While a majority of United States citizens view religious bodies as having a positive impact on society, they nevertheless believe that they should not take part in politics, according to Pew Research Center.
In a report published last Friday, Pew found that 63 percent of respondents wanted religious groups to “keep out of political matters” and 76 percent opposed churches endorsing political candidates.
The report also found that while 28 percent of respondents felt churches did not have enough influence on politics, 37 percent felt they had too much, and 34 percent felt they had “about the right amount of influence in politics.”
Pew drew their data from a survey conducted online March 18-April 1 with a nationally representative sample of 6,364 U.S. adults, with a margin of error of plus or minus 1.7 percent.
The report also found that 55 percent of respondents believed that religion did “more good than harm” to society, versus 20 percent who believed it did “more harm than good.”
“On balance, U.S. adults have a favorable view about the role religious institutions play in American life more broadly – beyond politics,” explained Pew.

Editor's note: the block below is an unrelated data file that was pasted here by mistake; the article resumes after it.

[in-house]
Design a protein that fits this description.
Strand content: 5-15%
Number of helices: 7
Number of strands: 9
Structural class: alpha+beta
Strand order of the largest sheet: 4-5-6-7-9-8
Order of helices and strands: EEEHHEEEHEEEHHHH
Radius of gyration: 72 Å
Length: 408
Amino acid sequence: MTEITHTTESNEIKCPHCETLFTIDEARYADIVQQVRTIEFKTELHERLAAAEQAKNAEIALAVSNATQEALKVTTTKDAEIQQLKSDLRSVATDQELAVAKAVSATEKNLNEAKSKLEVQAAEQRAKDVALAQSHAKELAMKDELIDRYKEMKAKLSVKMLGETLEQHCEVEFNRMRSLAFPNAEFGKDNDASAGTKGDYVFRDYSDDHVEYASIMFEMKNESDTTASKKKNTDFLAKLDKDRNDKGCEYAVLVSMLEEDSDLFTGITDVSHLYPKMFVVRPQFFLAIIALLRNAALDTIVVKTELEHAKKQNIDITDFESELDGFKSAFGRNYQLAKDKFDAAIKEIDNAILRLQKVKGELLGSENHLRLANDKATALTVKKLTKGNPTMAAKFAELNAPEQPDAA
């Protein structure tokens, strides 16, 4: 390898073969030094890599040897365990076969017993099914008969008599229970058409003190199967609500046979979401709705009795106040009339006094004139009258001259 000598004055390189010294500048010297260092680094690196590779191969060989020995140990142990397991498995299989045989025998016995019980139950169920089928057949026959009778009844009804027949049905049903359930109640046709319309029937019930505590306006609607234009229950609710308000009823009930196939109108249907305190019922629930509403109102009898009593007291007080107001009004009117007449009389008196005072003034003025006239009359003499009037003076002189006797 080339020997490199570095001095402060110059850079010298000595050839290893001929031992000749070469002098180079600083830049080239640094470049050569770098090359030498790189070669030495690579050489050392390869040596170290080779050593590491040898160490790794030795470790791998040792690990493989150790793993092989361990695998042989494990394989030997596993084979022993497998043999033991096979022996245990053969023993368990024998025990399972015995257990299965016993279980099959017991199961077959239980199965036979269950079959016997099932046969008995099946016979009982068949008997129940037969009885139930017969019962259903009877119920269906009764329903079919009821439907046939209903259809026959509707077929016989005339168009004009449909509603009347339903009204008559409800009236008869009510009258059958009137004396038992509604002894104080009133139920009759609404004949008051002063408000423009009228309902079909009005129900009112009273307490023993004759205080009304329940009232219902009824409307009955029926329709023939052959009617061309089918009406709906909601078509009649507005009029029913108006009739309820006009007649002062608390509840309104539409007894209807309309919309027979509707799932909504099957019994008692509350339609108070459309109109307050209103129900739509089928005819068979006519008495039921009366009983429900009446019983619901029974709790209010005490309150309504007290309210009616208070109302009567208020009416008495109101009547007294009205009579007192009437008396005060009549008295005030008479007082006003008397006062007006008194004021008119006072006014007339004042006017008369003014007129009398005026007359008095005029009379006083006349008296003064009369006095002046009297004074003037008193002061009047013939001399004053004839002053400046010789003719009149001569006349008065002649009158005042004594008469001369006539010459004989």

“Likewise, there are far more U.S. adults who say that religious organizations strengthen morality in society and mostly bring people together than there are who say that religious organizations weaken morality and mostly push people apart.”
Paul A. Djupe, political science professor at Denison University who often studies religious trends, took issue with the Pew report’s conclusions.
In an essay published by Religion in Public on Monday, Djupe argued that the survey question on political involvement of churches was “quite vague” and “does not tell us how strongly that position is held.”
“That is, it is possible that at least some Americans would prefer that congregations avoid political advocacy, but be involved in the political process in other ways,” wrote Djupe.
Djupe described a survey that he conducted with Ryan Burge, professor of political science at Eastern Illinois University, which touched on multiple topics and provided a spectrum to determine extent of support.
“… only 35 percent of Protestants wish congregations to keep out of political matters, though 27 percent are on the fence, meaning there is not majority support for any position,” he explained.
“And a plurality of Protestants want houses of worship to provide forums for political discussion as well (42% with 34% on the fence), which is a far cry from the sense that people do not want a mix of religion and politics.”